Birding in Taiwan



Peter Candido describes the NATIONAL BIRD CAMPAIGN Vote Choices


Formosan Magpie

In March of 2003, I was very pleased to see twelve of Taiwan’s endemic species over an eight day period.  On the last day of our trip we were birding in Yangminshan National Park where we saw our first Formosan Whistling-thrush, as well as a variety of other birds.  I was beginning to wonder if we would find the magpies, when suddenly we heard their calls and three birds appeared!  The large size, the striking blue bodies and red bills made this a memorable sighting; the fact that this sighting happened on my birthday made it even more memorable.  I now think of the Taiwan Magpie as my “Birthday Bird”.



Swinhoe’s Pheasant

My first sighting of Swinhoe’s Pheasant came after a long walk in the rain, along a muddy trail on Bei Dong Yen Mountain.  We had been walking very quietly, watching carefully around the bends in the trail, hoping to spot pheasants.  On our way back, after seeing many interesting birds but no pheasants, suddenly we heard movement along a steep slope, and the sounds of large birds taking off.  We looked out in time to see two magnificent male Swinhoe’s Pheasants emerging from the mist and flying rapidly along the hill, their silver backs shining.  A great cheer went up from everyone at this unforgettable sight.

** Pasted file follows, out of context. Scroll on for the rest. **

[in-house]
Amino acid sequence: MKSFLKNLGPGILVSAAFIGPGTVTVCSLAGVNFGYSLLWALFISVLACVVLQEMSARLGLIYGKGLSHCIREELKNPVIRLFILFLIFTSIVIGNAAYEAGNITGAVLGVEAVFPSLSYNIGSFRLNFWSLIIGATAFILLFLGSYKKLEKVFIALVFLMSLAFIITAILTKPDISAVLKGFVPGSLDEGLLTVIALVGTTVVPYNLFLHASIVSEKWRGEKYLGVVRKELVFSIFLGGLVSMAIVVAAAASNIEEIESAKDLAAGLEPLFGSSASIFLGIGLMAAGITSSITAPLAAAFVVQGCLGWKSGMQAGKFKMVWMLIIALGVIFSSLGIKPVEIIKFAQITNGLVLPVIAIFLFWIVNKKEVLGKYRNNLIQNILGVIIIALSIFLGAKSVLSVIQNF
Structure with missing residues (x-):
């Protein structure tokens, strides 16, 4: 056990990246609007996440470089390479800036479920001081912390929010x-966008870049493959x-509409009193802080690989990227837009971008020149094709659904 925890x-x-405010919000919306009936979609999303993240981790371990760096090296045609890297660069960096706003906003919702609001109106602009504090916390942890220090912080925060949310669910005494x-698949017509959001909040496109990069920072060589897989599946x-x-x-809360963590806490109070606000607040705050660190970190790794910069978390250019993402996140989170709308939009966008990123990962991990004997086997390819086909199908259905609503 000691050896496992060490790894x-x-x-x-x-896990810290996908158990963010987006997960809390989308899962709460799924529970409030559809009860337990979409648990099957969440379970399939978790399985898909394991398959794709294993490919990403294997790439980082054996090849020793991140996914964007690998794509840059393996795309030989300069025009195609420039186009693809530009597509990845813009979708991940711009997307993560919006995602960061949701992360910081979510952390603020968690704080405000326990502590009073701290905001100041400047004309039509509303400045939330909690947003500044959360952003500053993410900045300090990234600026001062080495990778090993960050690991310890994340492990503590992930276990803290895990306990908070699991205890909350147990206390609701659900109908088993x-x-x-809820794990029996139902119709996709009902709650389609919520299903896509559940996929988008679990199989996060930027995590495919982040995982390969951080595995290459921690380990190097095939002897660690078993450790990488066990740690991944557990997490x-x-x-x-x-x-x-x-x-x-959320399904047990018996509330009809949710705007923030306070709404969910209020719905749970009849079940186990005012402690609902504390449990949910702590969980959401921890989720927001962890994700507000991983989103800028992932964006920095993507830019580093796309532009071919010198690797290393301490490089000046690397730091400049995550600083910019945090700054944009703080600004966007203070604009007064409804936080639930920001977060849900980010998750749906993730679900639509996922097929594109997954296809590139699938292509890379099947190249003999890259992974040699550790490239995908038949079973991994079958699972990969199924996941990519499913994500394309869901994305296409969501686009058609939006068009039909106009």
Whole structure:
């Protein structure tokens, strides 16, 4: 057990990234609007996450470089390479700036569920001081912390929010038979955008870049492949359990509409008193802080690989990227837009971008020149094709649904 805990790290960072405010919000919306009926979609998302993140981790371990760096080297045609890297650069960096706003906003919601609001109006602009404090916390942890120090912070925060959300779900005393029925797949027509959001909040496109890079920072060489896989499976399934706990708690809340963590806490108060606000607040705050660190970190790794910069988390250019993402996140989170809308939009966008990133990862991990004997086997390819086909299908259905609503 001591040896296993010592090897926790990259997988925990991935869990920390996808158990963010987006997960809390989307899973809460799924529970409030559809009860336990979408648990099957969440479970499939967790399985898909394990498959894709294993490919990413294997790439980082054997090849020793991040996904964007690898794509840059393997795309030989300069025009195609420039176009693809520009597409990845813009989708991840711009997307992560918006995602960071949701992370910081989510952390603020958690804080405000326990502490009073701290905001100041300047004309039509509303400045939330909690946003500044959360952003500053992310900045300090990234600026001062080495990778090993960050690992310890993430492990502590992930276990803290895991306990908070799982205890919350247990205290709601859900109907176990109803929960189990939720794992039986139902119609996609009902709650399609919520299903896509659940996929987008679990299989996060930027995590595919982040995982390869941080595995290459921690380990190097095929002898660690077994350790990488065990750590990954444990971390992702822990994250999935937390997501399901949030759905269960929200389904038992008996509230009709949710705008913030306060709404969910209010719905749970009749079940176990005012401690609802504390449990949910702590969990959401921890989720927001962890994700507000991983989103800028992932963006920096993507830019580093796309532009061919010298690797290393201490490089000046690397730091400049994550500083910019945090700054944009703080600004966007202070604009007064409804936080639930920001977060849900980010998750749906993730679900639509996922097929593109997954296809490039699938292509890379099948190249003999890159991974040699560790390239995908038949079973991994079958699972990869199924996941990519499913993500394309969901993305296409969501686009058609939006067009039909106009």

Mikado Pheasant

On my first visit to Taiwan in 2003 I had missed the Mikado Pheasant.  I was therefore hoping to encounter this species on my second trip, in July 2006.  My wife Gloria and I were traveling with Jo Ann MacKenzie, Simon Liao and Chin-Ye Ko in the mountains. One late afternoon, moving carefully along a road where Mikado’s Pheasants were often seen, we searched carefully without success. We tried again next day in the early morning, and suddenly several birds were seen walking in long grass by the roadside.  At first we were unsure of their identities, but upon stopping to look more closely, we saw that they were Mikado’s Pheasants!  These seemed to be all females or immature birds, but I was still very impressed at their size and rich brown markings.  I look forward to seeing the male of this species in the future.



Taiwan Tit (Yellow Tit)

The Yellow Tit is one of the most elegant of small birds with its clean, neat black crest accented in white along the outer edge, its black back, light blue wings and its bright lemon yellow underparts.  This bird is very active and often travels through the forest in flocks with other bird species.  These characteristics make it a challenge to get good close looks at this bird.  I observed this species on both trips to Taiwan, and upon seeing a group of three birds with a mixed flock in Aowanda National Forest in July 2006, I obtained some distant pictures as they moved quickly through the foliage. I hope to have the opportunity to obtain much closer photographs of this beautiful species some day.



Jo Ann MacKenzie describes the National Bird Campaign Vote Choices


Rob Butler describes the National Bird Campaign Vote Choices